Rumor: Sunshine Cinema to Sunset, as $31.5M Contract Nears Closing

Posted on: March 21st, 2017 at 5:00 am by

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Two years after word first circulated that the Sunshine Cinema at 139-143 East Houston was being shopped on the market for $35 million, a buyer is allegedly under contract.

The news arrives a few months after the president of Landmark Theaters, which operates the Sunshine, noted that transforming a theater into a high rise is no easy task. “It would take years for anyone who’s going to pay the kind of money they’re looking for to demolish [the building] and construct something,” he said. “At this point I don’t see any imminent danger of us leaving the property.”

Nevertheless, there is some local chatter that a buyer is indeed aboard.

Bobby Weiss over at the Lower East Side blog hears word that the property is currently under contract. This following a year where several potential deals purportedly fall through.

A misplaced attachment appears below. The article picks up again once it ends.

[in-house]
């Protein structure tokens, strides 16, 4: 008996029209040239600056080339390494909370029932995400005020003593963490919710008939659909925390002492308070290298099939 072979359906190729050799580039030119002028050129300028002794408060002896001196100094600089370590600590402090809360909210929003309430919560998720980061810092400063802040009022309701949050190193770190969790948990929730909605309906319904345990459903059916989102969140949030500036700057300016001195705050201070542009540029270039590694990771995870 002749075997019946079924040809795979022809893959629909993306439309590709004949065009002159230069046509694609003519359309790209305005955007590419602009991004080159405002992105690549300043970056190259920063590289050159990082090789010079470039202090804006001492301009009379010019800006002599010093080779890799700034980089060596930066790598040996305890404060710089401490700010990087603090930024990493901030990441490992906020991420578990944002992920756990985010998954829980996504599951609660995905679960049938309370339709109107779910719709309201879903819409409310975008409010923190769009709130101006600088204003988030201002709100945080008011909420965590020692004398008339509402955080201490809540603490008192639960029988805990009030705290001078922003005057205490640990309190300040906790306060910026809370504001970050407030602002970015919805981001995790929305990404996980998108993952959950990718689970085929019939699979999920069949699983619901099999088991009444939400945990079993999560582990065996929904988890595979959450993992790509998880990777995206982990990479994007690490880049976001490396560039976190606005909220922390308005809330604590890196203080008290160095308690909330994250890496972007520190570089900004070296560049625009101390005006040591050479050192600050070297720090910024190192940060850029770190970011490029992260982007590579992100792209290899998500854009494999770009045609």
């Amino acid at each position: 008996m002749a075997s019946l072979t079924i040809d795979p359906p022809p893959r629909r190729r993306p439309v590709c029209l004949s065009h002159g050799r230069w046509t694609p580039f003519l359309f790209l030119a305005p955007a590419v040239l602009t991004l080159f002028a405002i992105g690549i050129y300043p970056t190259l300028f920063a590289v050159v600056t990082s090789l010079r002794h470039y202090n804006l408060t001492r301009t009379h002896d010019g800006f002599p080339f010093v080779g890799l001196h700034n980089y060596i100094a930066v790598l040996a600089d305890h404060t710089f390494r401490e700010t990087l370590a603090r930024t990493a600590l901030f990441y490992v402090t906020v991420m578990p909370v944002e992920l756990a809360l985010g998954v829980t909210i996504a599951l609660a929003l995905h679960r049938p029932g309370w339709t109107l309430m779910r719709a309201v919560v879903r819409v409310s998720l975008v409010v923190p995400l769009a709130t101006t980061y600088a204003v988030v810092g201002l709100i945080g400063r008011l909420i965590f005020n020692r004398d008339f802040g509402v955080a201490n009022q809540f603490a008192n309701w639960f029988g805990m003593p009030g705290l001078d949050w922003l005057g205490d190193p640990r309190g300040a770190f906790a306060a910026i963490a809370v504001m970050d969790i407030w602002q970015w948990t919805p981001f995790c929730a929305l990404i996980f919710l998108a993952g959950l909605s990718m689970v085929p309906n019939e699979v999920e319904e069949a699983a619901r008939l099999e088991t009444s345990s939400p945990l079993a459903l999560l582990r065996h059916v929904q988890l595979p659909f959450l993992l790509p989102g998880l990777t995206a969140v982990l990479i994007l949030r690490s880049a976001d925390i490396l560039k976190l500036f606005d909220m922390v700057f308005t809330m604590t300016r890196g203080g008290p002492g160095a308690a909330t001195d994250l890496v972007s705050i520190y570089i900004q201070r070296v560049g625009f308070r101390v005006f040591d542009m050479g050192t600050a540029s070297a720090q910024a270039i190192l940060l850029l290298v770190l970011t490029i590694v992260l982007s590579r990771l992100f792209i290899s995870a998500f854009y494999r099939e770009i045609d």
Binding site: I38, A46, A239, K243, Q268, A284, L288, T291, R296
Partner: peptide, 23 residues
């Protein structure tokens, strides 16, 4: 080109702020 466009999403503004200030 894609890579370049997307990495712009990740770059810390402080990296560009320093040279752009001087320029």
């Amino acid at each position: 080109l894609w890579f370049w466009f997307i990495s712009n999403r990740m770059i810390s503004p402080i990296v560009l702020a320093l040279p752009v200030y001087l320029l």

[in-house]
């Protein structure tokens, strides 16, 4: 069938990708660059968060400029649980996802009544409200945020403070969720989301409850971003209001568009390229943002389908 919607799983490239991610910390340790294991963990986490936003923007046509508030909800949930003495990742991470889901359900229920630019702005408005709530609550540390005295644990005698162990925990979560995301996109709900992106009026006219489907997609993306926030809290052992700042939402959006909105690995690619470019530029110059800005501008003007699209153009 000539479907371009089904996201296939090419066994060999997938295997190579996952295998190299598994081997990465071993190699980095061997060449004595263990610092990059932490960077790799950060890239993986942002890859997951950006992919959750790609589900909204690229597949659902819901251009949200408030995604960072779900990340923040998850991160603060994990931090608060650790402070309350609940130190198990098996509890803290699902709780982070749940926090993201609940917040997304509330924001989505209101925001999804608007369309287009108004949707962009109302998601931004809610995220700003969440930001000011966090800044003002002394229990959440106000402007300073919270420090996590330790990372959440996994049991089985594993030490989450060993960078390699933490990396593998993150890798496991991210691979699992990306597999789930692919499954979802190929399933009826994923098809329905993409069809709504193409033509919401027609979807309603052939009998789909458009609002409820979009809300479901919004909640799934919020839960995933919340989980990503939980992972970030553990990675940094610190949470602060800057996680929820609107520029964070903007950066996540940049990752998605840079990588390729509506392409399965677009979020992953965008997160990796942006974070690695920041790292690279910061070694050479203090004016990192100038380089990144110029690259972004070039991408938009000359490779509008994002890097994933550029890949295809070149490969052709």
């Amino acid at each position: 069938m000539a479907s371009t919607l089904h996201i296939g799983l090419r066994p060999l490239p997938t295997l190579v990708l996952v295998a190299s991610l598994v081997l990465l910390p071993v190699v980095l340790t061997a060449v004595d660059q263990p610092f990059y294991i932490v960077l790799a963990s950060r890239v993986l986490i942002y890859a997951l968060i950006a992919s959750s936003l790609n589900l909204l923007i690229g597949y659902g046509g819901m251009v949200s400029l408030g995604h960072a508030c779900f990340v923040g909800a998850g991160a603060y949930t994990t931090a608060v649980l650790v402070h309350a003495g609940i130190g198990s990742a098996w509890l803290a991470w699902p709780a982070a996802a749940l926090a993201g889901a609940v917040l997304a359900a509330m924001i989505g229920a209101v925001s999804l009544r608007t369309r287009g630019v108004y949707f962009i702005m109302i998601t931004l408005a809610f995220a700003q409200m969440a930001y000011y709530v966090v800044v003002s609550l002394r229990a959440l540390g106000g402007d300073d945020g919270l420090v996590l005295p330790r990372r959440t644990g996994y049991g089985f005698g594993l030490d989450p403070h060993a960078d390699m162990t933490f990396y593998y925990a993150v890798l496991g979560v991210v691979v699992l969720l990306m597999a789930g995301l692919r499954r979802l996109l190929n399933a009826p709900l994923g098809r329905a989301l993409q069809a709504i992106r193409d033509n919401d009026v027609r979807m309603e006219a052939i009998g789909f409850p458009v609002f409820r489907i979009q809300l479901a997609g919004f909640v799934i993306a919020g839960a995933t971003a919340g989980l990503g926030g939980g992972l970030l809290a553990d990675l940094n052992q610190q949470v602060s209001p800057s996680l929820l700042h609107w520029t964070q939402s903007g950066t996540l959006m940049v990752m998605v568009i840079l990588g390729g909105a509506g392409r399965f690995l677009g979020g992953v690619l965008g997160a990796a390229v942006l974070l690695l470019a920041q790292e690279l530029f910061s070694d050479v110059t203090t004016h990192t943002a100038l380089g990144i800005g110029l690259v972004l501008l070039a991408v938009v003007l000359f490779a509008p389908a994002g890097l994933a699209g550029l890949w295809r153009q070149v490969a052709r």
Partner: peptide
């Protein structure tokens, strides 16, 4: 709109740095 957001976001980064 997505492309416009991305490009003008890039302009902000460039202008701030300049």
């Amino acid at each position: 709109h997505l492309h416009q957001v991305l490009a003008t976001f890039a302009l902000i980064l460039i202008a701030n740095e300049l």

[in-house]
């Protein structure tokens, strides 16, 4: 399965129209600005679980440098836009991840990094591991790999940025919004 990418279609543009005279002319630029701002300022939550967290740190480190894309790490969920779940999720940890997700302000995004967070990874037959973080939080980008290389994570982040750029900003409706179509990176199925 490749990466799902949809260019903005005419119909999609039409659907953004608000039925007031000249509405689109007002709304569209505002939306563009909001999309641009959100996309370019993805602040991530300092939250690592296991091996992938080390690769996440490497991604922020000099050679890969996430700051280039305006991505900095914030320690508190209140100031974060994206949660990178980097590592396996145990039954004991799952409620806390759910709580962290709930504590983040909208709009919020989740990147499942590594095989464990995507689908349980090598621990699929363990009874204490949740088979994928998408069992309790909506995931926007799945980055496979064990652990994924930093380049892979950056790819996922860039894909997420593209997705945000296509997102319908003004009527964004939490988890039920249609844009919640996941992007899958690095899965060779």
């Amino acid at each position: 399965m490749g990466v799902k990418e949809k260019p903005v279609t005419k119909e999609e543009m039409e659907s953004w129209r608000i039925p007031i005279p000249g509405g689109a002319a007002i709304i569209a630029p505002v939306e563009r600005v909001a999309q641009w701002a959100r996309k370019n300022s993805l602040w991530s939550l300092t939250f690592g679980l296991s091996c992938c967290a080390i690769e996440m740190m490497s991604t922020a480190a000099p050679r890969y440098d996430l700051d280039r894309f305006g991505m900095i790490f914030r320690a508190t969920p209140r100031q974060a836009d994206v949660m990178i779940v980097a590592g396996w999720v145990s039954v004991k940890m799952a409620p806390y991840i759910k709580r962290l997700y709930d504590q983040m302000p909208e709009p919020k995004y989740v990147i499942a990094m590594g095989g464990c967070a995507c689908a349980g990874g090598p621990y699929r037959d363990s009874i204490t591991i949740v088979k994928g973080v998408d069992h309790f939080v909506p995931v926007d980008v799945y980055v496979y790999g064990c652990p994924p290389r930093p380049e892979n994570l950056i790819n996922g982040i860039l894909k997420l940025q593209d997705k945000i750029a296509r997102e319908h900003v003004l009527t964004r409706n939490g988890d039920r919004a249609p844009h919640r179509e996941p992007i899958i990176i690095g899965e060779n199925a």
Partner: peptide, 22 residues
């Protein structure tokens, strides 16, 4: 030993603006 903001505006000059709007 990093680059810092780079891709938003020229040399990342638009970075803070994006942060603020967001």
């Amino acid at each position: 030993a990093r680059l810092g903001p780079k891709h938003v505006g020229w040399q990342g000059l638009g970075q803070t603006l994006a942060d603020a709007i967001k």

“The brokerage community is buzzing about this deal that has been a long time coming,” he notes. There is further speculation that Jonathon Yormak, founder and Managing Principal of East End Capital, is the buyer with a purported price tag of roughly $31.5 million. But nothing is confirmed just yet.

The parcels comprising 139-143 East Houston altogether carry roughly 44,500 buildable square-feet, or 56,000 square-feet with the inclusionary housing bonus.

Tzipporah Wexler, Founder and Managing Principal of Grand Success Realty, is the exclusive broker behind the Sunshine Cinema.

Landmark Theaters, operator of the Sunshine, was previously struggling to keep up with maintaining this location. Mainly due to the rising rents. That was the impetus behind a liquor license application four years ago to convert the movie house into a dining destination much like Nitehawk Cinema in Williamsburg. Those plans were nixed by Community Board 3, which was hesitant to approve a full liquor license for such a large location.

Their lease goes through 2018.

The elegant theather building at 139-143 East Houston was built in 1898.

Poignant post-script: the slogan currently holding court on the theater marquee reads, “Wake up, time to die.”

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